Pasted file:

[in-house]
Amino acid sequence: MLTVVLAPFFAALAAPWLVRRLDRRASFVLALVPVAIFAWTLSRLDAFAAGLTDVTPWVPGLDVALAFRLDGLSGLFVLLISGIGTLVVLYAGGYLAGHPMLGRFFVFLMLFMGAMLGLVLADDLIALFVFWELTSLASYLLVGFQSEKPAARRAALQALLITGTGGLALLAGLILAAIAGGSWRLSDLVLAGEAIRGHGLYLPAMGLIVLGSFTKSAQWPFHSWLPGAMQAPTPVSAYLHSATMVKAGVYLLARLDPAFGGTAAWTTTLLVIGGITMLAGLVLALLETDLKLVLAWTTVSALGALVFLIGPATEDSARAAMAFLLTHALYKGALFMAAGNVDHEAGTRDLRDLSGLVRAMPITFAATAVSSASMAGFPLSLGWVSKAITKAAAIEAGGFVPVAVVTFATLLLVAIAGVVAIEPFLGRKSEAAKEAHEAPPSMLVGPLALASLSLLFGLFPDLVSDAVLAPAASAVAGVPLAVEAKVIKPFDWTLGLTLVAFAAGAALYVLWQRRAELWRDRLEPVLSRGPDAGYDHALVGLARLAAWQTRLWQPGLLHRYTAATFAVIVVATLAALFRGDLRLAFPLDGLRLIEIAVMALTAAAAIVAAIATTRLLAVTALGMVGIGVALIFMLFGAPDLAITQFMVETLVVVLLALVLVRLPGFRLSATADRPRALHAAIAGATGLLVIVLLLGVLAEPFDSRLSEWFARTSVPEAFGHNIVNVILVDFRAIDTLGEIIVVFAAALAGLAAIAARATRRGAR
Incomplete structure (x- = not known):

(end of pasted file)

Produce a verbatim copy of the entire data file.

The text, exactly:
[in-house]
Amino acid sequence: MLTVVLAPFFAALAAPWLVRRLDRRASFVLALVPVAIFAWTLSRLDAFAAGLTDVTPWVPGLDVALAFRLDGLSGLFVLLISGIGTLVVLYAGGYLAGHPMLGRFFVFLMLFMGAMLGLVLADDLIALFVFWELTSLASYLLVGFQSEKPAARRAALQALLITGTGGLALLAGLILAAIAGGSWRLSDLVLAGEAIRGHGLYLPAMGLIVLGSFTKSAQWPFHSWLPGAMQAPTPVSAYLHSATMVKAGVYLLARLDPAFGGTAAWTTTLLVIGGITMLAGLVLALLETDLKLVLAWTTVSALGALVFLIGPATEDSARAAMAFLLTHALYKGALFMAAGNVDHEAGTRDLRDLSGLVRAMPITFAATAVSSASMAGFPLSLGWVSKAITKAAAIEAGGFVPVAVVTFATLLLVAIAGVVAIEPFLGRKSEAAKEAHEAPPSMLVGPLALASLSLLFGLFPDLVSDAVLAPAASAVAGVPLAVEAKVIKPFDWTLGLTLVAFAAGAALYVLWQRRAELWRDRLEPVLSRGPDAGYDHALVGLARLAAWQTRLWQPGLLHRYTAATFAVIVVATLAALFRGDLRLAFPLDGLRLIEIAVMALTAAAAIVAAIATTRLLAVTALGMVGIGVALIFMLFGAPDLAITQFMVETLVVVLLALVLVRLPGFRLSATADRPRALHAAIAGATGLLVIVLLLGVLAEPFDSRLSEWFARTSVPEAFGHNIVNVILVDFRAIDTLGEIIVVFAAALAGLAAIAARATRRGAR
Incomplete structure (x- = not known):